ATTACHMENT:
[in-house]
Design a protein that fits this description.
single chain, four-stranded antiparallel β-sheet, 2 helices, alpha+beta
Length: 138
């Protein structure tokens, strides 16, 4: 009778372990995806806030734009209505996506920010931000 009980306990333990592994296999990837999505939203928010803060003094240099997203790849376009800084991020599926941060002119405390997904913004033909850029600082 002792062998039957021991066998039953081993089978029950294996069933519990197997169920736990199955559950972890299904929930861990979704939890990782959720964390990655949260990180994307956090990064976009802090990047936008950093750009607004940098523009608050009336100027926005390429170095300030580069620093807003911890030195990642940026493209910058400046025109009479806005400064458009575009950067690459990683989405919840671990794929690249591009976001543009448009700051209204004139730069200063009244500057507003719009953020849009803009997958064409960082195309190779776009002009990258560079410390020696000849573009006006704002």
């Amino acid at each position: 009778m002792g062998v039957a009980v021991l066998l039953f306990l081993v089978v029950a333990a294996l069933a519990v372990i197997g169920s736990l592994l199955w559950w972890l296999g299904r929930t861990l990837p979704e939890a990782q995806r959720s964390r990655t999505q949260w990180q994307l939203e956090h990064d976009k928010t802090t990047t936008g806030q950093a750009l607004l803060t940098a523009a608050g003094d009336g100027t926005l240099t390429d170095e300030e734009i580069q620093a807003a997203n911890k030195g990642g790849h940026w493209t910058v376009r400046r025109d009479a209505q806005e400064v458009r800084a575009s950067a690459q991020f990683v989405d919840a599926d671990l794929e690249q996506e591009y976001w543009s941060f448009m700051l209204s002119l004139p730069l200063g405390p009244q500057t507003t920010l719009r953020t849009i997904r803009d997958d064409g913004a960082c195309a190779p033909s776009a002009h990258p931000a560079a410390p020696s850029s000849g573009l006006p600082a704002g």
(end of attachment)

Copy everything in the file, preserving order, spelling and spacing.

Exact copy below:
[in-house]
Design a protein that fits this description.
single chain, four-stranded antiparallel β-sheet, 2 helices, alpha+beta
Length: 138
């Protein structure tokens, strides 16, 4: 009778372990995806806030734009209505996506920010931000 009980306990333990592994296999990837999505939203928010803060003094240099997203790849376009800084991020599926941060002119405390997904913004033909850029600082 002792062998039957021991066998039953081993089978029950294996069933519990197997169920736990199955559950972890299904929930861990979704939890990782959720964390990655949260990180994307956090990064976009802090990047936008950093750009607004940098523009608050009336100027926005390429170095300030580069620093807003911890030195990642940026493209910058400046025109009479806005400064458009575009950067690459990683989405919840671990794929690249591009976001543009448009700051209204004139730069200063009244500057507003719009953020849009803009997958064409960082195309190779776009002009990258560079410390020696000849573009006006704002």
């Amino acid at each position: 009778m002792g062998v039957a009980v021991l066998l039953f306990l081993v089978v029950a333990a294996l069933a519990v372990i197997g169920s736990l592994l199955w559950w972890l296999g299904r929930t861990l990837p979704e939890a990782q995806r959720s964390r990655t999505q949260w990180q994307l939203e956090h990064d976009k928010t802090t990047t936008g806030q950093a750009l607004l803060t940098a523009a608050g003094d009336g100027t926005l240099t390429d170095e300030e734009i580069q620093a807003a997203n911890k030195g990642g790849h940026w493209t910058v376009r400046r025109d009479a209505q806005e400064v458009r800084a575009s950067a690459q991020f990683v989405d919840a599926d671990l794929e690249q996506e591009y976001w543009s941060f448009m700051l209204s002119l004139p730069l200063g405390p009244q500057t507003t920010l719009r953020t849009i997904r803009d997958d064409g913004a960082c195309a190779p033909s776009a002009h990258p931000a560079a410390p020696s850029s000849g573009l006006p600082a704002g």